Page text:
Court Speeds Through Kem Sokha Trial Witness Questioning With Consecutive Sessions

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Kem Sokha leaves the Phnom Penh Municipal Court on October 12, 2022. (Hean Rangsey/VOD)
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The Phnom Penh Municipal Court is holding back-to-back sessions of the Kem Sokha trial this week to get through witness cross examinations, a level of urgency not seen in the so-far sluggish trial.

The court is in its 60th session of the treason trial against former CNRP president Kem Sokha, who was arrested and charged in 2017, shortly before the opposition party was dissolved in November of that year.

The trial began questioning witnesses last week, when former Sam Rainsy Party president Kong Korm was in the dock. Judge Koy Sao announced at today’s hearing that the court will hold another full-day hearing on Thursday to finish questioning of witnesses, though it was not clear how many more witnesses would be asked to testify in court.

Cross examination kicked off with Chhim Phal Virun, a former Cambodian Center for Human Rights officer and current CPP spokesperson. He said he was asked to come help at CCHR by Pa Nguon Teang, who is an exiled director at VOD’s parent organization Cambodian Center for Independent Media, and Kry Song, who, according to Phal Virun, was the head of finance at CCHR.

Phal Virun also said that Nguon Teang told him at the time that CCHR had $800,000 to start the NGO, which Phal Virun found “strange” because the NGO did not have any formal structure.

He claimed that Sokha had met with officials from the U.S.-based group International Republican Institute, which has funded democracy-building programs in Cambodia, and also other “American people.” He said he considered it unusual how frequently donor NGOs were visiting a local NGO.

He added that Sokha would often make references to Serbia and Yugoslavia at public forums — two countries he also mentioned in a 2013 speech given in Australia that the government claims is the smoking gun for the treason charge.

Phal Virun also criticized Sokha’s leadership at CCHR and commented on his political inclinations.

“The characteristics of CCHR and the activities of the officials are qualified as an agent rather than as a local NGO,” he said in court.

“Kem Sokha had political characteristics. He already said foreign organizations asked him to create it and in reality, I have seen it like this,” Phal Virun said in response to a question from prosecutor Chhay Hong.

Defense lawyer Pheng Heng questioned Phal Virun about his assertion that Americans routinely met with Sokha, asking how the former CCHR official knew they were from the U.S.

“We considered them as foreigners who came to meet Sokha, but Sokha’s close officials said they were U.S. citizens. Generally, they were U.S. citizens,” Phal Virun replied.

Asked if he could name the officials, Phal Virun said he did not remember their names. Defense lawyer Heng also asked why Phal Virun thought the meetings were “secret,” as alleged by him earlier in the questioning.

“Because I did not know the content [of the meeting]. The staff did not know,” he replied.

Sokha stood up asking to speak after Phal Virun’s testimony, but was overruled by the judge.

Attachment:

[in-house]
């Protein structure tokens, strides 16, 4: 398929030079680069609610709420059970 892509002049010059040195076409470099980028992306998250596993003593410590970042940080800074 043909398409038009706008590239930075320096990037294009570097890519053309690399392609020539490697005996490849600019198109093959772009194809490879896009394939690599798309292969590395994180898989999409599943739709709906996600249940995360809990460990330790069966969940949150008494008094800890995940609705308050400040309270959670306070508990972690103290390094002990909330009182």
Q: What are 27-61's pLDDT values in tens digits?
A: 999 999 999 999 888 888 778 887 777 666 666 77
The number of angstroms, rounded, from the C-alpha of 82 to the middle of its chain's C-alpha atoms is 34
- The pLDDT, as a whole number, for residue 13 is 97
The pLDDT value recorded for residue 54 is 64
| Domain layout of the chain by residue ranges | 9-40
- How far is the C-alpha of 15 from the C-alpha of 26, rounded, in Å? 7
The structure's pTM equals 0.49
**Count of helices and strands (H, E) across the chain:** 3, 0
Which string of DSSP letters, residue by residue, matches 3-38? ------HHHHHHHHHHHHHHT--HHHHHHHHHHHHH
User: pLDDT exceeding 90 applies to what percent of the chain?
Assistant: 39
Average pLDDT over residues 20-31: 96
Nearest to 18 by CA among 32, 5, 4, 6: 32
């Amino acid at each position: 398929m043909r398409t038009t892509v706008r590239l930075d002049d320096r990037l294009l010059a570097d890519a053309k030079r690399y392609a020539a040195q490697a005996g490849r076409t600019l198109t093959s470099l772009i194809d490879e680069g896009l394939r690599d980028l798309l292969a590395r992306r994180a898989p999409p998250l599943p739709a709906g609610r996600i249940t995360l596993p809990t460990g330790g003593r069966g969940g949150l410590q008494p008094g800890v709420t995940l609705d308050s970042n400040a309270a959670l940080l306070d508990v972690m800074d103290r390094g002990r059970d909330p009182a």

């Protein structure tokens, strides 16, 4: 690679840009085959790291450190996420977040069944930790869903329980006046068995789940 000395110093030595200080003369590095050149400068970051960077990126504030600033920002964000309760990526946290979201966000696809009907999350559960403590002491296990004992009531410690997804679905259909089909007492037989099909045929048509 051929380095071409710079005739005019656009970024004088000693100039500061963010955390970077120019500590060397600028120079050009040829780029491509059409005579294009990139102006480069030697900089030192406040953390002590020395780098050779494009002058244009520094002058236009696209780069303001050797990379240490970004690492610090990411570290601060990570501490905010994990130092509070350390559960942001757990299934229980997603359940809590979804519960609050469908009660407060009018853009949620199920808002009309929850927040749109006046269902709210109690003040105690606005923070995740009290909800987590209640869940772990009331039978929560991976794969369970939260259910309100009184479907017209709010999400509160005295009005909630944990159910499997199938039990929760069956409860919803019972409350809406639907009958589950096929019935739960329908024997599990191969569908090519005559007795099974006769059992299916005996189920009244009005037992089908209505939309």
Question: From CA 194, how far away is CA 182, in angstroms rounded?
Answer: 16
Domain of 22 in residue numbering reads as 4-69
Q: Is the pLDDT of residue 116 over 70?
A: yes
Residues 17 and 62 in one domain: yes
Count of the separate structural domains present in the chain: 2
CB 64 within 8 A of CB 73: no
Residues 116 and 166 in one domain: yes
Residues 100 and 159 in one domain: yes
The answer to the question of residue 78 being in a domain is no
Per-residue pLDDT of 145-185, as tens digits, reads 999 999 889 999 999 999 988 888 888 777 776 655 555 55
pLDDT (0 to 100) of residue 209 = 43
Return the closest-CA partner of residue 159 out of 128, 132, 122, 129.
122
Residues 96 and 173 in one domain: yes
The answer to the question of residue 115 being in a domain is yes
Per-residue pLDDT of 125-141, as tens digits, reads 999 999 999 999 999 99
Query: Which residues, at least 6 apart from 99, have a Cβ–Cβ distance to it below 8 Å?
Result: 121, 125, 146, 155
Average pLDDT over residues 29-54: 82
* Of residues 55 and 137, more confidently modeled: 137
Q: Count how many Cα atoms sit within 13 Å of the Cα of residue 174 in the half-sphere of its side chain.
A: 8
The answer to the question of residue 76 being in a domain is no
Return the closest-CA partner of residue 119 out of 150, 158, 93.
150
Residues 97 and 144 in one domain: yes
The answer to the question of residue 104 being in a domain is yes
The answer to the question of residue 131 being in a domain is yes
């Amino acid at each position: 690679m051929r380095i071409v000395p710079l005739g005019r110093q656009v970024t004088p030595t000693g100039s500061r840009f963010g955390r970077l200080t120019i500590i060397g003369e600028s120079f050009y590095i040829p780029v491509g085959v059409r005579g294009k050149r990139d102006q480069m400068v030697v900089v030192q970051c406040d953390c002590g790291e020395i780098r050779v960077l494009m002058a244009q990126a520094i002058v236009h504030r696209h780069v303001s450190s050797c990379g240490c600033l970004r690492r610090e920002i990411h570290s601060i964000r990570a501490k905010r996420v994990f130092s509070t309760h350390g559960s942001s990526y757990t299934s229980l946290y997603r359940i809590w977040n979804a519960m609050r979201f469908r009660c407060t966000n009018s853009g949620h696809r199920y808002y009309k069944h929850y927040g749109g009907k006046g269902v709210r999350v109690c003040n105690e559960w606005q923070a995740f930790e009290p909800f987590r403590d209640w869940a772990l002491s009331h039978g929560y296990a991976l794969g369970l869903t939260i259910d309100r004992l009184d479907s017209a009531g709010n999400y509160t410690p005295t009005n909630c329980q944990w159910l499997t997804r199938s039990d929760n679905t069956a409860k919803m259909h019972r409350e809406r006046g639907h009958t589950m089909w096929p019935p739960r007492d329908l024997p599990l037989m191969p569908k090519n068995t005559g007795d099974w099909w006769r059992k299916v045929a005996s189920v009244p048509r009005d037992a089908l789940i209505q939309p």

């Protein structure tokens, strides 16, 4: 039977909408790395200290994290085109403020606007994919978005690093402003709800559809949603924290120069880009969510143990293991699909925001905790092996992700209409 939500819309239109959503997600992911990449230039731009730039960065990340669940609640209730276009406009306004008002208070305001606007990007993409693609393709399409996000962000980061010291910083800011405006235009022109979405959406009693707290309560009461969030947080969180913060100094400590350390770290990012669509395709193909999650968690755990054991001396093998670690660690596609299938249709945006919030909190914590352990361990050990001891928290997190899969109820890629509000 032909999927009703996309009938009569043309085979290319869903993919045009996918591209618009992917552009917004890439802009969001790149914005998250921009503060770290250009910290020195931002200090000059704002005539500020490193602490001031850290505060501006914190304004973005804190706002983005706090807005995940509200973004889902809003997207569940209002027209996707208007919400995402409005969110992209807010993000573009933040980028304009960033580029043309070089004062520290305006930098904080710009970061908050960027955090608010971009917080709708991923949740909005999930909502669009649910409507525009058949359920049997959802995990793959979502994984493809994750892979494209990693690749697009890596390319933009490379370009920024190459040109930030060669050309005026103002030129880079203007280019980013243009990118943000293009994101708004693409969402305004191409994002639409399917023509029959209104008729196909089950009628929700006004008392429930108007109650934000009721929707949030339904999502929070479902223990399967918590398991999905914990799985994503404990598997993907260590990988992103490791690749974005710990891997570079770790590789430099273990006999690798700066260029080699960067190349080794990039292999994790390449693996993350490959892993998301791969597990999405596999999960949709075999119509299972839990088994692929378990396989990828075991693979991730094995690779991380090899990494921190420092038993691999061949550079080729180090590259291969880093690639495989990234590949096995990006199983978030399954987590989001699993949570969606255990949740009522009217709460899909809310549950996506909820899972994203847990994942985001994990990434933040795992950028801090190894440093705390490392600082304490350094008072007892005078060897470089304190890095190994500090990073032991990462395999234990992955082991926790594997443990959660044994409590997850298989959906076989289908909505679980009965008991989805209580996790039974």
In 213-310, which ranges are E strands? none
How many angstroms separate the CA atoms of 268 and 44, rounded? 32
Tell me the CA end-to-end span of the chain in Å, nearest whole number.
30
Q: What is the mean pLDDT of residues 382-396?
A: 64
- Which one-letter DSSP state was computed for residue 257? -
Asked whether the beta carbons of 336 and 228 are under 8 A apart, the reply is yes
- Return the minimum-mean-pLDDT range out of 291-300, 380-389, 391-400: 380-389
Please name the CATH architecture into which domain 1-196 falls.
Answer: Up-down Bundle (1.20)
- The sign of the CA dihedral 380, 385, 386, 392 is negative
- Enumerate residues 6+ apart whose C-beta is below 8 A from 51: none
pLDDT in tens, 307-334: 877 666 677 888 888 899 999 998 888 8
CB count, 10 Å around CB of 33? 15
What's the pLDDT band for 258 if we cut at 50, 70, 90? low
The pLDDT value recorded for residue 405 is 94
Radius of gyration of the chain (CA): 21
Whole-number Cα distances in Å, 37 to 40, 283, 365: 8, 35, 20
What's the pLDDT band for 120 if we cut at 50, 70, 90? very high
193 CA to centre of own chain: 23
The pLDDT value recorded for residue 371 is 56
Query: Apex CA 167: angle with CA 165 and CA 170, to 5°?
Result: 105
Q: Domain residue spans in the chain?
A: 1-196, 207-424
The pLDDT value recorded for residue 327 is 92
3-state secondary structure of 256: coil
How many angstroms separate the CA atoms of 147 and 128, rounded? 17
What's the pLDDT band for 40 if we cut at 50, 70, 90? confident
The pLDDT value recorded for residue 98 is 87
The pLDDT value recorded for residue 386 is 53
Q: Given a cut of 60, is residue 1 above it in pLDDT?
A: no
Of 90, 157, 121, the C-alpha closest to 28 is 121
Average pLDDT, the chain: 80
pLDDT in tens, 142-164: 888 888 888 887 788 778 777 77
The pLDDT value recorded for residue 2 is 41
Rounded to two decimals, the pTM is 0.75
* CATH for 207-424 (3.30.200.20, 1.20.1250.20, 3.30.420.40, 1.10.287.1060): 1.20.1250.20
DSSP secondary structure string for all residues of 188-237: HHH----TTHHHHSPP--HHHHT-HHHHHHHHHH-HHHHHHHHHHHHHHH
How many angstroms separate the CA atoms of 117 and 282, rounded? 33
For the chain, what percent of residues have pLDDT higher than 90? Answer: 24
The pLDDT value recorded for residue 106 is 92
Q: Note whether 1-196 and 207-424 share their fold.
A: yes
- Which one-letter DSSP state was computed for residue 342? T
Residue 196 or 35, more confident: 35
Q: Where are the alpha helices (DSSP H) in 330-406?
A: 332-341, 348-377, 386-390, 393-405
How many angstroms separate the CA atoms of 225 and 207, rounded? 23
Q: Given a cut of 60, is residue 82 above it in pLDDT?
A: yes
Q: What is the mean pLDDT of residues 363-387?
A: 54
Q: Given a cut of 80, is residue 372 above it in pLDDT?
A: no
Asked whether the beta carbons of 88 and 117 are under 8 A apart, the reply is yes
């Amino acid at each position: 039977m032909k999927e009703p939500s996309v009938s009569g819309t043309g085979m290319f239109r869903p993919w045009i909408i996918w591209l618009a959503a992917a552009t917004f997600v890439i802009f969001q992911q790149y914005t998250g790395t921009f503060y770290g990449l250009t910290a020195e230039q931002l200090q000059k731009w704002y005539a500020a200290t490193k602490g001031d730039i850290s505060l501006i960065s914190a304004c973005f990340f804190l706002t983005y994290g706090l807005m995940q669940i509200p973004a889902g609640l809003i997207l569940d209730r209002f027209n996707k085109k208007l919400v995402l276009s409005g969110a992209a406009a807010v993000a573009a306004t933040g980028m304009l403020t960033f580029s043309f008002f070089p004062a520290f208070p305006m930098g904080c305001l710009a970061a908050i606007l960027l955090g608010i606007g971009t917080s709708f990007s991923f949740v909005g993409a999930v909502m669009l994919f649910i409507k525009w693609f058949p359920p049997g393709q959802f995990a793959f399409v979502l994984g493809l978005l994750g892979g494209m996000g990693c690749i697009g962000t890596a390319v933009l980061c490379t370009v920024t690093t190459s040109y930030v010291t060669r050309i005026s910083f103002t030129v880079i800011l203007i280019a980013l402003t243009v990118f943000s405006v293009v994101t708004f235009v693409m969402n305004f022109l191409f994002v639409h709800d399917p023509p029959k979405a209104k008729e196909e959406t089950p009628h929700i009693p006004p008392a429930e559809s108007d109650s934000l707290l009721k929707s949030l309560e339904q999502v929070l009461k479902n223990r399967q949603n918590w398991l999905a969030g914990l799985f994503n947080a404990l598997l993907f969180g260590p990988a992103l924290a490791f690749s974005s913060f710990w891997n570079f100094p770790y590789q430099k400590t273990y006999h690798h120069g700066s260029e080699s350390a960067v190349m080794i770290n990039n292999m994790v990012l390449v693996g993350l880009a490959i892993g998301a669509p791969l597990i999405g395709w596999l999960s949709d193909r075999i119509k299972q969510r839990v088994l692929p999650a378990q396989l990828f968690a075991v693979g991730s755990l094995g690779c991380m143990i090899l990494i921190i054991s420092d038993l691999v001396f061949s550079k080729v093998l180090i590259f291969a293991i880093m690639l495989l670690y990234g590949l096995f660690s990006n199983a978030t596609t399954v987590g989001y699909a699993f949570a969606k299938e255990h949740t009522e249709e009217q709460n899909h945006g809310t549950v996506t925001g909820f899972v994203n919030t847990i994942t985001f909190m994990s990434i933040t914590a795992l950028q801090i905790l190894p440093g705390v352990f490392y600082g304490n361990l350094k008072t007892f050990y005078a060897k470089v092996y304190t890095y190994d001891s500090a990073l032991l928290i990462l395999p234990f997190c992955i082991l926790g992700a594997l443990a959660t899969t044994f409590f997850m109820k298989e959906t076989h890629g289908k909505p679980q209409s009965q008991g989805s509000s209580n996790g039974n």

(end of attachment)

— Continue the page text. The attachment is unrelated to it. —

Questioning then moved to environment activist Keo Srey Neang and Seng Sovanna, former deputy head of the CNRP Phnom Penh youth wing, who both attended a 2016 training in Indonesia by Serbia-based group Canvas, which has been accused by the government of assisting the CNRP to foment a “color revolution.”

Srey Neang said she was not a CNRP activist and part of the “Social Breaking News” group along with Ma Chettra, who is another witness in this case. She said the group advocated for social and environmental issues.

She was trained on how to observe and monitor the election process, Srey Neang said, and was not aware if the CNRP used the training to hone its strategy. Sovanna said he was an active youth member of the dissolved opposition party, but the party was not involved in picking him for the Indonesia training.

Prosecutor Hong asked him if Canvas’s trainings were directly reflected in Sokha’s speeches and appeals to the electorate.

“I think they are not matching with each other,” she said, pointing out that the structure of the lessons and Sokha’s speeches were different. “The [Canvas] lessons that the prosecutor is showing are in chronological order, but Sokha’s speeches were political messages.”

The court then proceeded with testimony from current CCHR director Chak Sopheap, who was asked about her background and other information about the NGO. Questioning focused on funding sources for the human rights monitoring group.

Hong asked Sopheap to comment on Phal Virun’s accusations, especially about IRI being the sole funder for the organization, but she refused to talk about another witness’s testimony.

“I will not give an explanation on the testimony of the previous witnesses. Since the beginning till now, we have been transparent and get not only IRI funds. There are other countries also [giving funding],” she said.

She added that funding sources for the organization were available on the website and easily accessible to everyone.

The court ended the day’s session with testimony from Sar Sorn, a land activist from the Phnom Penh inner-city Borei Keila land dispute, who was asked about her participation in 2016’s Black Monday campaign, which was started by civil society groups who dressed in all black to advocate for the release of jailed Adhoc staffers.

Sorn was asked about the Borei Keila community’s participation in the campaign, and if any party had persuaded her to join it.

“No party or any organization persuaded me to do it,” she told prosecutor Sophal.

The trial is set to resume on Thursday.

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